Day 12 Me and Facebook, we’re just on a break
Last night I was accused of cheating because I’ve not permanently deleted my Facebook account, and it’s not the first time I’ve been labelled a Facebook fake. A recent comment suggested that I’m still on Facebook by proxy, given that some of my stuff here appears on Facebook and links are put up to this blog. I think the two “accusations” are different, but in the same territory, which is … have I really split up with Facebook?
So how did Facebook and I part? Well to recap: I de-activated my account some twelve days ago. Whether you flounce off facebook as I did, or perhaps decide to leave after careful consideration, which I did not, then you have two options offered by the Fb team. You can delete your account which means that you lose everything and can’t resuscitate the corpse of your profile, or you can choose the “deactivate” option which allows you to put the whole thing into a cryogenic state. Because I’m as good at dumping lovers as I am staying gone when I leave, I chose the easy way out and deactivated. And if you try to leave Facebook too, you’ll understand. It’s not easy.
When you decide to dump the number one social network, they don’t go quietly. First of all, while deactivating your account appears as an option under account settings, permanent deletion requires you to apply in writing. I couldn’t face writing a ‘Dear John’, so I went for deactivation. But this comes at a price: your teary soon-to-be-ex-Facebook takes the news badly; they grab your hand, pleading with you to reconsider. First of all, they list all the people that will miss you if you go. No, really they do. Then they show photos of your friends and suggest that you send them a message (hoping, I suppose that they’ll stage a mini-intervention and talk you out of it).
When Facebook realises that you’ve actually made up your mind; that you really are going to leave them, that the game is up, they start warning you of the enormity of your decision. They get a bit snippy, resentful even, telling you that “Deactivating your account will disable your profile and remove your name and picture from anything you’ve shared on Facebook.” This is when I started to wobble – I very nearly didn’t do it. But, I knew it was over between us and I continued. Of course Facebook wouldn’t accept it; choking back the tears they demanded to know the reasons. Were they being too in my face, you know, with all the emails and invitations and requests? Didn’t I feel safe in their arms? Was I two-timing them with another Facebook account? God enough already with the questions! But still they came. Was the whole thing too overwhelming for me – did I not understand how to relate to them?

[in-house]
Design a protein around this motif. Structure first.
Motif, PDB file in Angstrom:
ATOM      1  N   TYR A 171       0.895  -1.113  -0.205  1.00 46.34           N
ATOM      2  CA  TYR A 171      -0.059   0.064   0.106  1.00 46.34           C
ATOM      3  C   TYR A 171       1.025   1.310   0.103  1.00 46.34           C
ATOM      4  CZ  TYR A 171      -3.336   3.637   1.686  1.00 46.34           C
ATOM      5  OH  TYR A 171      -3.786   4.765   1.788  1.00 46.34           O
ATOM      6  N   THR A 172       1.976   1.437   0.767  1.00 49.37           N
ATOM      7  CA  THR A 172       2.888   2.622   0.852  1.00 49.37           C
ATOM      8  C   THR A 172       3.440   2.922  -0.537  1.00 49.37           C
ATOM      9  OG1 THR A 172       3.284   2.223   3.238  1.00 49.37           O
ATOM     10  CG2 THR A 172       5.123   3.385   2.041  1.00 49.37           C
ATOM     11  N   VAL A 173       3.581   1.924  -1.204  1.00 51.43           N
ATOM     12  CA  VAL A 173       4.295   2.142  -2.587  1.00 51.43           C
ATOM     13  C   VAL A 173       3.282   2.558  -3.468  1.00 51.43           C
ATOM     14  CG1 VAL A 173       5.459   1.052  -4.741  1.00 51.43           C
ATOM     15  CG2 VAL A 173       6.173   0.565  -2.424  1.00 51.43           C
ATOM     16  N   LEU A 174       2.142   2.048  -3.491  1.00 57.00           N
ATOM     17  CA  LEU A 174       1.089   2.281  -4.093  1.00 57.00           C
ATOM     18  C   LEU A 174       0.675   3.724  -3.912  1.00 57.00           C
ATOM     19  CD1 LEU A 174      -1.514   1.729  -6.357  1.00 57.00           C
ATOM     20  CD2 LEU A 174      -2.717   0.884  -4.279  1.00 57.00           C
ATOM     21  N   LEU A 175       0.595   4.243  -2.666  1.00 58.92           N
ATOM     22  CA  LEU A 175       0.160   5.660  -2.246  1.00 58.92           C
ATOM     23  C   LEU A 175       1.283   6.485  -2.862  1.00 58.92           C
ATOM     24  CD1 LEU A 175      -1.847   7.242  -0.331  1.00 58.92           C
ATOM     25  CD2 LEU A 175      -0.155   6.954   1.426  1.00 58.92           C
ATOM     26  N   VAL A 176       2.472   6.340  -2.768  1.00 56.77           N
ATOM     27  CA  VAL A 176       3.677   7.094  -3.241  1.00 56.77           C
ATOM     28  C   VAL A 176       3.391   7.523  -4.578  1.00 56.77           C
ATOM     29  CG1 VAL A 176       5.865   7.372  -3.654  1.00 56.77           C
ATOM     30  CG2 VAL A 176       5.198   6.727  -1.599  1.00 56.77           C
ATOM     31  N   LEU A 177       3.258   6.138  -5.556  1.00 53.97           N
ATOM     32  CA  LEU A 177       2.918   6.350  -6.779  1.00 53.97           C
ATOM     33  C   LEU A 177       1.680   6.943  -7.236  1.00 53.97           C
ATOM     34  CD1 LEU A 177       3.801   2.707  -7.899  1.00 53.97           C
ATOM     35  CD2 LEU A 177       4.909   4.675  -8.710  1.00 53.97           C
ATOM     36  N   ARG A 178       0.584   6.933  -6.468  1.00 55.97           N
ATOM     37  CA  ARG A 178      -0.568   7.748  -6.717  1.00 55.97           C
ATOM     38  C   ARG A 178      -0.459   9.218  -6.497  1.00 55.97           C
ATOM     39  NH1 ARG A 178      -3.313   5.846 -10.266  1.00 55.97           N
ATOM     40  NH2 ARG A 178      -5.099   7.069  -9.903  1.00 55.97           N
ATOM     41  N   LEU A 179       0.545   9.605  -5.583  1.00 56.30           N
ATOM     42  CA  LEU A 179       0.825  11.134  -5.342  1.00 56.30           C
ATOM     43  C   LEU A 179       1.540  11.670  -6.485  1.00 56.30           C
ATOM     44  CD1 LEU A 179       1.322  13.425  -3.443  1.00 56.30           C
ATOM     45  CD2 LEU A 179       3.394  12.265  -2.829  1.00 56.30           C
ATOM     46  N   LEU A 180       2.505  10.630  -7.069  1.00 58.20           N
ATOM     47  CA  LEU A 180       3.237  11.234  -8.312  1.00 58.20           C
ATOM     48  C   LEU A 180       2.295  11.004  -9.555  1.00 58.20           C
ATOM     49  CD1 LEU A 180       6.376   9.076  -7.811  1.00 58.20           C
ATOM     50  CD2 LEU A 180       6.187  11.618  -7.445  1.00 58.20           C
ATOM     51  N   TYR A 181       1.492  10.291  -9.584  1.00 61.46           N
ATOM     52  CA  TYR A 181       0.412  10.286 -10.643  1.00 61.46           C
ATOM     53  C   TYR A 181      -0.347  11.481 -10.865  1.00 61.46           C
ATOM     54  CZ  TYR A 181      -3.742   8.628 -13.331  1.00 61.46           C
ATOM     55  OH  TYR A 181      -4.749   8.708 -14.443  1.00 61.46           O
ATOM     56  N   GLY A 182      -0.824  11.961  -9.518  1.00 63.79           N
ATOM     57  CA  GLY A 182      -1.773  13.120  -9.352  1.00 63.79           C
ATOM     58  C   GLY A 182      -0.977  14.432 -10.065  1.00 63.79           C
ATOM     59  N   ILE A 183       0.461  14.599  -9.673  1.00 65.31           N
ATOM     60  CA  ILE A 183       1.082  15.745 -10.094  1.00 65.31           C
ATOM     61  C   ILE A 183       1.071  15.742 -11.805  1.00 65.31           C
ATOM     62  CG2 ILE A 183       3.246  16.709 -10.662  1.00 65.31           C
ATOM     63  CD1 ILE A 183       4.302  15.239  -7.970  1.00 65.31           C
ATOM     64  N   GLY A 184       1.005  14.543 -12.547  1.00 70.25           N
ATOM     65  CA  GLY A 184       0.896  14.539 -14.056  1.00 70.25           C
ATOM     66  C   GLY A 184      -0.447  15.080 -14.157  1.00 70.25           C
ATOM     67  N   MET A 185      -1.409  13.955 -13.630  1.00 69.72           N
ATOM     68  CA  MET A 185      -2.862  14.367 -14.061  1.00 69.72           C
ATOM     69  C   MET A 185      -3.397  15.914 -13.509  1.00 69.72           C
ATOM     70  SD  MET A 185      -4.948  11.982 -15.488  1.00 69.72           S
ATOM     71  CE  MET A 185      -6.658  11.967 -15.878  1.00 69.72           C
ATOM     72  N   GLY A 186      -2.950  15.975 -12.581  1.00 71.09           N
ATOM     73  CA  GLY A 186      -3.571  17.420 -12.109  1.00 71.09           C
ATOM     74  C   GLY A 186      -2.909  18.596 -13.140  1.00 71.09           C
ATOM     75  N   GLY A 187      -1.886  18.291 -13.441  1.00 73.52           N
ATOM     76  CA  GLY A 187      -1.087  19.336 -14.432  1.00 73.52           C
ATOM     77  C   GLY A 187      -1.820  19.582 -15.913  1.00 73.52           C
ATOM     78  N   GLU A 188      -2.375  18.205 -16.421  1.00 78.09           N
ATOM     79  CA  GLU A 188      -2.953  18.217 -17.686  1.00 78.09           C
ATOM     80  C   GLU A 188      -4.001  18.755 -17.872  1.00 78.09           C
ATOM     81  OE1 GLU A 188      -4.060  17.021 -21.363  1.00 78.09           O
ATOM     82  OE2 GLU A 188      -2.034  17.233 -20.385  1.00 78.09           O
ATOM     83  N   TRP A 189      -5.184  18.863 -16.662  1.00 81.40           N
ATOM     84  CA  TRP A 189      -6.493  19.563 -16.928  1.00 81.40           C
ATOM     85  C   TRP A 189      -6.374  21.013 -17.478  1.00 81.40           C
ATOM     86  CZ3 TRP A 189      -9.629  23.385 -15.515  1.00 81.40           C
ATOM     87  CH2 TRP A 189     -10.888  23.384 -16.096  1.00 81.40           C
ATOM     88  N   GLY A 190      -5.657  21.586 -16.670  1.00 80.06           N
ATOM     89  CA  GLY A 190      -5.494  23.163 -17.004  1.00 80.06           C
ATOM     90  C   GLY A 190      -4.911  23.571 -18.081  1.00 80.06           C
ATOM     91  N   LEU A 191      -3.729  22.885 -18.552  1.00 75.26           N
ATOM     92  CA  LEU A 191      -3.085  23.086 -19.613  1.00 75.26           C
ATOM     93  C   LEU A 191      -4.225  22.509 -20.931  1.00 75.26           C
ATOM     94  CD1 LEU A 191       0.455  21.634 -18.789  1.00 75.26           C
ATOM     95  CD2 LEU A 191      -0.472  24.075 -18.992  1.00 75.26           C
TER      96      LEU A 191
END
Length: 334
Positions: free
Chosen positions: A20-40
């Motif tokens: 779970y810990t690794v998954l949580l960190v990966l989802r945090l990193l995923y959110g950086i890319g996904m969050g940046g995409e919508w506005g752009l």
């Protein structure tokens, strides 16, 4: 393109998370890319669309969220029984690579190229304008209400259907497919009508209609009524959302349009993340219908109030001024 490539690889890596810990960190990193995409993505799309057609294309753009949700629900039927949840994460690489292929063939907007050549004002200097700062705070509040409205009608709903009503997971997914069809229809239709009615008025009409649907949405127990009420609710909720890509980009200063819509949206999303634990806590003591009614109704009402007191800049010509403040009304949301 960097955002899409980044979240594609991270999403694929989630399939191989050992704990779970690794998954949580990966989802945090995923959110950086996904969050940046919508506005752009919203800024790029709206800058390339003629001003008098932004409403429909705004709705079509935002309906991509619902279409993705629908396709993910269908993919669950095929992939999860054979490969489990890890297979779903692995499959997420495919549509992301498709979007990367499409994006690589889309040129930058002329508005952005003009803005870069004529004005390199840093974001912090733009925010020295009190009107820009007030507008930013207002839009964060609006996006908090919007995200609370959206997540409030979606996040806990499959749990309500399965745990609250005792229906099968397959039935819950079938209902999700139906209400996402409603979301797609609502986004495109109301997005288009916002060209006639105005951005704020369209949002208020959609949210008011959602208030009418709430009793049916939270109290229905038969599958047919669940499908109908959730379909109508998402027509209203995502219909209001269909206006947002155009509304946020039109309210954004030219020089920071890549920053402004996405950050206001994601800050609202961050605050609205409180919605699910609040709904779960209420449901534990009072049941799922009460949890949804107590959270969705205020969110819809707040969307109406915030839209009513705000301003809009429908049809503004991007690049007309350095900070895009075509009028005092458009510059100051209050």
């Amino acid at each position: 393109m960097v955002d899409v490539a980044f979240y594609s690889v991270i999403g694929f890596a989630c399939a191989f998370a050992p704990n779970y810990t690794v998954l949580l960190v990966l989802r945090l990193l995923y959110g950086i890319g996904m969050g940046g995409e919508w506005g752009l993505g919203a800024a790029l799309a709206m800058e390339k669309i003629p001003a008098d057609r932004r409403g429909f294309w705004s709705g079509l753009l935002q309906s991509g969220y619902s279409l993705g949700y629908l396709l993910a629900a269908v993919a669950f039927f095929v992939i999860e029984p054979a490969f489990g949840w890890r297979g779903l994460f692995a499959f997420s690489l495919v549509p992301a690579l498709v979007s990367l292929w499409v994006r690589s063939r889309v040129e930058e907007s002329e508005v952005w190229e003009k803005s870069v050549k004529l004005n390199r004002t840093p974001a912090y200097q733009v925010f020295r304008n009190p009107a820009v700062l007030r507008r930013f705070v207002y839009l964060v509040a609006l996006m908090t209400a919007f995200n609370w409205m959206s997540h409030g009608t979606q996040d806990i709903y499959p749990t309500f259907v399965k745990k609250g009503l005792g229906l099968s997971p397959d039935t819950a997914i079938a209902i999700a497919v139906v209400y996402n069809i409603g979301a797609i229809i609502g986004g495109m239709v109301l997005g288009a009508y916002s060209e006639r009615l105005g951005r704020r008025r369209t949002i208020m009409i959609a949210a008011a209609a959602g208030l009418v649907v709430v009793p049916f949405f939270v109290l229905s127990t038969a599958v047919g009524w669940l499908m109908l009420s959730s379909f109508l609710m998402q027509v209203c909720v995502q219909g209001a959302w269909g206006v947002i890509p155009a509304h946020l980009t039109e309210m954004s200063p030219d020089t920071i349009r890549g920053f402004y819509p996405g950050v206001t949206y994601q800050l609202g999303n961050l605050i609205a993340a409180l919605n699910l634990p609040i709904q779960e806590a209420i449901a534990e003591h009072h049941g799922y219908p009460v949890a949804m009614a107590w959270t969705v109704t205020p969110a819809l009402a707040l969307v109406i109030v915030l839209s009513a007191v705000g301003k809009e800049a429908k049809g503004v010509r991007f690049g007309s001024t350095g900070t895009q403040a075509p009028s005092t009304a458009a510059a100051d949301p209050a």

And then the million dollar question, option 6: was my leaving “temporary” would I be back?. I just clicked it, I clicked option 6 and I ran out of there, I couldn’t tell them I how long I’d be gone, and to be honest I don’t know. But that get out clause was all I needed. And while Dave kept his resolve in Space Odyssy and pulled the plug forever on Hal, I just ran for it, promising I’d be in touch, that we were just on a break.
And option 6 is tempting in more ways than one. Think of it this way. You are having a hard time in your life, maybe your partner’s getting on your nerves, maybe you hate your job, perhaps you just need a breather. If you walk out on everything, then there’s every chance by the time you’ve finished sowing your wild oats or finding yourself, the life you left won’t be there when you get back. How alluring then to have the option to stop time: there’s your partner at the dinner table droning on about their day or your boss is giving you shit about something you don’t even care about and you can press a button and the whole thing would stop. Silence. Stasis. And you can just walk out the door. It may be hard, you may miss your life terribly, but you’ve got it all on hold, just waiting for you to return. It’s the ultimate solipsist’s fantasy. Obviously the clear difference here is that while my profile remains static, everyone else’s continue to change, but I like the idea that I can pick up “me” where I left off, no bridges burnt, even if I do have to play catch up with everyone else.
So Facebook, I’m sorry I had to go, I know you’re upset, but we’re just on a break.